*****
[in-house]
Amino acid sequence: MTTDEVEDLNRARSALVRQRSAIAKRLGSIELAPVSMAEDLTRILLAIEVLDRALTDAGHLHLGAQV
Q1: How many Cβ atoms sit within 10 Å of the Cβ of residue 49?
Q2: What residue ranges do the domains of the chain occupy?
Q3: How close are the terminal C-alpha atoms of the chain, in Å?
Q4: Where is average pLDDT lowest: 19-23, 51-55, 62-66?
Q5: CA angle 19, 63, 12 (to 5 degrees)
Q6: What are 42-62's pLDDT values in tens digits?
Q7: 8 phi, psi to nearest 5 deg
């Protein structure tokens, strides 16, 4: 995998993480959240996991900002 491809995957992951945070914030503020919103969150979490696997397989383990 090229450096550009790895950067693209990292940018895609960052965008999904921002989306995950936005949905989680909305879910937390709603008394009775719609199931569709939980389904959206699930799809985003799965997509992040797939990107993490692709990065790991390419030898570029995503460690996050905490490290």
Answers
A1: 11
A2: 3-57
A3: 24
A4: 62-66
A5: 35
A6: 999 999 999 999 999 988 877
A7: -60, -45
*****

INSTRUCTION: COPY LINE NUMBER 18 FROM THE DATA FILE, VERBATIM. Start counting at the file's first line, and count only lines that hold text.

A7: -60, -45